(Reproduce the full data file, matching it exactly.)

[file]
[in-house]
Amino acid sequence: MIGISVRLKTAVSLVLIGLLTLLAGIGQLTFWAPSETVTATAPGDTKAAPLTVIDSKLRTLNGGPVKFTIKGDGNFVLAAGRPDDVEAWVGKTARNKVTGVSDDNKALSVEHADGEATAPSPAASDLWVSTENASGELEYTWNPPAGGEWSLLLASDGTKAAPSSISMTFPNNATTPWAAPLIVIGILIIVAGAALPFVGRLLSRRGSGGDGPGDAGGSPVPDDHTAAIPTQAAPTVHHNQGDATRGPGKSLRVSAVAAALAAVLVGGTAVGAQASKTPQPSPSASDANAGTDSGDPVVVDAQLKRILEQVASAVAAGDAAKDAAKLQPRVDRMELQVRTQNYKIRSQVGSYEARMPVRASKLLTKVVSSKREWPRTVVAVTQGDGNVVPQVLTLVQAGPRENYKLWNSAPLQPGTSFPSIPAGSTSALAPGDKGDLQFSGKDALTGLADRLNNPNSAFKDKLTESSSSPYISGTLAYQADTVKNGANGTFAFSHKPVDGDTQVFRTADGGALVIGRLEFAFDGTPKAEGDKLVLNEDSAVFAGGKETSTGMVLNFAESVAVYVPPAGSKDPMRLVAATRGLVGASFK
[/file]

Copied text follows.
[in-house]
Amino acid sequence: MIGISVRLKTAVSLVLIGLLTLLAGIGQLTFWAPSETVTATAPGDTKAAPLTVIDSKLRTLNGGPVKFTIKGDGNFVLAAGRPDDVEAWVGKTARNKVTGVSDDNKALSVEHADGEATAPSPAASDLWVSTENASGELEYTWNPPAGGEWSLLLASDGTKAAPSSISMTFPNNATTPWAAPLIVIGILIIVAGAALPFVGRLLSRRGSGGDGPGDAGGSPVPDDHTAAIPTQAAPTVHHNQGDATRGPGKSLRVSAVAAALAAVLVGGTAVGAQASKTPQPSPSASDANAGTDSGDPVVVDAQLKRILEQVASAVAAGDAAKDAAKLQPRVDRMELQVRTQNYKIRSQVGSYEARMPVRASKLLTKVVSSKREWPRTVVAVTQGDGNVVPQVLTLVQAGPRENYKLWNSAPLQPGTSFPSIPAGSTSALAPGDKGDLQFSGKDALTGLADRLNNPNSAFKDKLTESSSSPYISGTLAYQADTVKNGANGTFAFSHKPVDGDTQVFRTADGGALVIGRLEFAFDGTPKAEGDKLVLNEDSAVFAGGKETSTGMVLNFAESVAVYVPPAGSKDPMRLVAATRGLVGASFK